Checks can also be sent to Day Productions, whose founder, Mark Day is working on a documentary of Gary's life. Send checks to Day Productions, c/o Betsy Cohn, 7209 Willow Ave. Takoma, MD 20912. •
San Antonio Current articles written by, and about, Gary MacEoin.
U.S. Troops Back In El Salvador, This Time 'Fighting Drugs' 10-26-00 `PDF`
U.S. Forces Misjudging Colombia's Problems 11-23-00 `PDF`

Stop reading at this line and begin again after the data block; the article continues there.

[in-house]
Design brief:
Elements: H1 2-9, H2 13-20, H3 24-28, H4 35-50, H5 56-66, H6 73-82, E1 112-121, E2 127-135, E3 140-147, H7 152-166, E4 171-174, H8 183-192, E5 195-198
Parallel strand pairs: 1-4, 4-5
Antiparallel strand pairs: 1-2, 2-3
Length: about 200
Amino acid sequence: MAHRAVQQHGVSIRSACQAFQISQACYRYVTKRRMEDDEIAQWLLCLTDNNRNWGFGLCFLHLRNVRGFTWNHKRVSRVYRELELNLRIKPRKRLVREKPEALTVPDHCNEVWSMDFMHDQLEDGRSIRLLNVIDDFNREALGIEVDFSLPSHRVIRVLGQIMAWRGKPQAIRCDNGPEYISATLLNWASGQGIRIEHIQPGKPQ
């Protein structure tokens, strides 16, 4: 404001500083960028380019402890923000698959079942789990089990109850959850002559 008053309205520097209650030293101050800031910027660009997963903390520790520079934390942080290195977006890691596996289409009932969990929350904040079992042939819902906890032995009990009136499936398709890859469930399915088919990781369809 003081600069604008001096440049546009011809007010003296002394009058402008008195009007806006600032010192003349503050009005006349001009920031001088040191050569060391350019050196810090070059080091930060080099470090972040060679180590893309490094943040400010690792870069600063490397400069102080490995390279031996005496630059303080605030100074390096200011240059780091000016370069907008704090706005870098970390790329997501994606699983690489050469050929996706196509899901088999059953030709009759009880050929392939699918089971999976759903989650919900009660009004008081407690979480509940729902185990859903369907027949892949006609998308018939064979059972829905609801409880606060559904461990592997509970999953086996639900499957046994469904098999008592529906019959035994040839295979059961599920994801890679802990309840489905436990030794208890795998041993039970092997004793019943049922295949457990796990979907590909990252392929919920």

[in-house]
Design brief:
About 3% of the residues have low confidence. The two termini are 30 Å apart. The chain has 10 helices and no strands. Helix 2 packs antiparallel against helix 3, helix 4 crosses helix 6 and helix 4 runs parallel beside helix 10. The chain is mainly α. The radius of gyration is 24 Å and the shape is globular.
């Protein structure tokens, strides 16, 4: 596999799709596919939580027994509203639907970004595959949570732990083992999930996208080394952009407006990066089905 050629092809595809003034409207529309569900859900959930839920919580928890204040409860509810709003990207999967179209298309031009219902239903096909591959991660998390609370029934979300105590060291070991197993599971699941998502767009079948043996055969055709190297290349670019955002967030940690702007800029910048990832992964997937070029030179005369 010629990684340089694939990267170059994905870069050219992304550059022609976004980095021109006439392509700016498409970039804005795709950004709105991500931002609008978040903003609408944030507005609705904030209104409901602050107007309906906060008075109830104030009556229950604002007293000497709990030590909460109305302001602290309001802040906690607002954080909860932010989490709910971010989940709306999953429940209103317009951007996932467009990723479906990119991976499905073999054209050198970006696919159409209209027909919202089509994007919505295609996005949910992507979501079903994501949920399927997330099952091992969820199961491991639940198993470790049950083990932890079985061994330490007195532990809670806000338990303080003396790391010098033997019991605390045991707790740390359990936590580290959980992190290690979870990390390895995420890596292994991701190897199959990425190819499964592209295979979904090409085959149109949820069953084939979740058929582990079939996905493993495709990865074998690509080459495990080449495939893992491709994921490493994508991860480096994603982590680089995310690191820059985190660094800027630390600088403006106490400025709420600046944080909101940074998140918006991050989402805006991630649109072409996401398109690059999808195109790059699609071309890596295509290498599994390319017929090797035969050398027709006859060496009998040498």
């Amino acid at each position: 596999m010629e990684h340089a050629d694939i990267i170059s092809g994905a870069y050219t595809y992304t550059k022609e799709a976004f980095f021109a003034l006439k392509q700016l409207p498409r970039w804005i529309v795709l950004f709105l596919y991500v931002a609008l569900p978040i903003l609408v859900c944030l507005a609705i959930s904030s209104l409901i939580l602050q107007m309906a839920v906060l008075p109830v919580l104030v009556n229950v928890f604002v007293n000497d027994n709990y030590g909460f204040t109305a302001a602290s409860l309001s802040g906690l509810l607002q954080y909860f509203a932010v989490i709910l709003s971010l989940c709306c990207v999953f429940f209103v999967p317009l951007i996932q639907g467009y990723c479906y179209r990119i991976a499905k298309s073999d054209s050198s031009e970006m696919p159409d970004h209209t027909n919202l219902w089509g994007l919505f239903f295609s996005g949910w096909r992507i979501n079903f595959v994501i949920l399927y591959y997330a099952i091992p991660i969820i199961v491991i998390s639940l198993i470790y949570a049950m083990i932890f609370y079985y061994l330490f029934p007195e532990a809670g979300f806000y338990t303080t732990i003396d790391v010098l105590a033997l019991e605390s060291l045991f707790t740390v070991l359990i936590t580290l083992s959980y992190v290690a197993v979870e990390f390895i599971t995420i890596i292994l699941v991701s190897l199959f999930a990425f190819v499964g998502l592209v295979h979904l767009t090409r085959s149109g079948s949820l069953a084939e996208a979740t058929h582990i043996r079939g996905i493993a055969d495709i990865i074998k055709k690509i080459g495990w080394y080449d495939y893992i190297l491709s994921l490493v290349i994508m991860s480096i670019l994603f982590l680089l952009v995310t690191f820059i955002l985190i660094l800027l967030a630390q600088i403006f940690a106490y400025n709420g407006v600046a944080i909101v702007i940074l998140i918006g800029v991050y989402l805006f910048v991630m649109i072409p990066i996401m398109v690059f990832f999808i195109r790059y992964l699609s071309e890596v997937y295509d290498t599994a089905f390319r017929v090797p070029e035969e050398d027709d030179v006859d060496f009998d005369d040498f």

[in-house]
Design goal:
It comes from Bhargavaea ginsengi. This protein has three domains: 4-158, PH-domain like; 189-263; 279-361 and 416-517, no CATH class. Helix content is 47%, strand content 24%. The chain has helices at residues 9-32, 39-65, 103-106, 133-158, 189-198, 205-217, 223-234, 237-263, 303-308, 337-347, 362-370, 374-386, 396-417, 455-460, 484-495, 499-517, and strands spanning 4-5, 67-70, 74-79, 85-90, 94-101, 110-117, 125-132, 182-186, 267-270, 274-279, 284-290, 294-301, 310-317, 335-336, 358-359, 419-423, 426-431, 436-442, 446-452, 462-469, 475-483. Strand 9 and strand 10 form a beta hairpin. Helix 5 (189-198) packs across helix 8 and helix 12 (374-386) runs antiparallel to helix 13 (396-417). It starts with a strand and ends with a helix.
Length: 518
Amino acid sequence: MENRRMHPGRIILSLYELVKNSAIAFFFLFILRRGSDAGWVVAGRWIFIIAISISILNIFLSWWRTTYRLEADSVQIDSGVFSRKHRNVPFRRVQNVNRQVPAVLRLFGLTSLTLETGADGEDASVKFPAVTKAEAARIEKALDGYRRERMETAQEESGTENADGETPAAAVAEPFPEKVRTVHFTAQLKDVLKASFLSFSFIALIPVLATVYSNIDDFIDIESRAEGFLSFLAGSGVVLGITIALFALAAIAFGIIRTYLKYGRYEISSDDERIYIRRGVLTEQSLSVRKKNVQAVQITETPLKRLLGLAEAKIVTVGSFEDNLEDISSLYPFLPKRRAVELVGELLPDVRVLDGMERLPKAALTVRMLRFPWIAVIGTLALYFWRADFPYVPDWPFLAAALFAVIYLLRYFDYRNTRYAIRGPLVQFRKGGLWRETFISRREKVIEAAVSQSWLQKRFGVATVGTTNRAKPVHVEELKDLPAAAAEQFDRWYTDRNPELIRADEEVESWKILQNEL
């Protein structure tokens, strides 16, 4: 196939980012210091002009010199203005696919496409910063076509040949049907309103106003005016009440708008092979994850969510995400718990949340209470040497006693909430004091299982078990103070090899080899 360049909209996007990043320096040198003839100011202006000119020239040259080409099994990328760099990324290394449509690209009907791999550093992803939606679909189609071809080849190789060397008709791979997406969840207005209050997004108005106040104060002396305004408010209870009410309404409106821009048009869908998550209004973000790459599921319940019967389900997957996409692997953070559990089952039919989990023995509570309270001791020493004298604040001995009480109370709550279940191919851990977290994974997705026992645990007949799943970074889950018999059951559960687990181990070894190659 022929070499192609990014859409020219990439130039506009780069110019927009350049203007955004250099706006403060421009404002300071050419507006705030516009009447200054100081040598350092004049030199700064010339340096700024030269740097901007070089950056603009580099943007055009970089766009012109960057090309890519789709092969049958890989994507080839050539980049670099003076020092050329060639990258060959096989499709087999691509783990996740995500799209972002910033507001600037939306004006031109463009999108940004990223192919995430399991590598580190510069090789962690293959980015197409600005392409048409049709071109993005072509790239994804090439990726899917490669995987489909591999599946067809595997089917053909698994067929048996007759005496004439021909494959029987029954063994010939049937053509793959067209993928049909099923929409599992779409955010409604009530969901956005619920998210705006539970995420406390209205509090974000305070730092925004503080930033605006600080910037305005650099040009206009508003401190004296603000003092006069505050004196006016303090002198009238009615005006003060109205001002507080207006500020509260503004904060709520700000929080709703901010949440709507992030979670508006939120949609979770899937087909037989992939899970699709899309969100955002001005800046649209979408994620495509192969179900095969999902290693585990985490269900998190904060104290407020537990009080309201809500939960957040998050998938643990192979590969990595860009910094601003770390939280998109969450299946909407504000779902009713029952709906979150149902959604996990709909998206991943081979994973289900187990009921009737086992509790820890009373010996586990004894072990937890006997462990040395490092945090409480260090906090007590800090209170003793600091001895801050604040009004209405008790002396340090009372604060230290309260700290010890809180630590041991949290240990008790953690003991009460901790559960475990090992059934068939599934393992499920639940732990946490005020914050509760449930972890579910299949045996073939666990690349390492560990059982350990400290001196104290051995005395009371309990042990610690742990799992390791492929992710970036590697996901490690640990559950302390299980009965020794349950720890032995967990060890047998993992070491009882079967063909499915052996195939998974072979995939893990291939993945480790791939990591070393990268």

Losing Democracy To Free Trade 05-03-01 `PDF`
Ferocious Popes: How the Vatican supported the holocaust 12-27-01 `PDF`
A Matter of Degrees: Spring is coming earlier. In the fall the migratory habits of butterflies and some birds are disrupted. Are these man-made changes or simply a cycle that has occurred in the past? 02-07-02 `PDF`
Voices From the Jungle: Review of The Zapatista Reader 03-14-02 `PDF`
Safe Passage 03/13/03 `Current Web Site`
Death On The Border: Shooting outside Anunciación House leaves one man dead 03/13/03 `Current Web Site`
WAR As A Myth And Reality: Review of War Is a Force That Gives Us Meaning 03/27/03 `Current Web Site`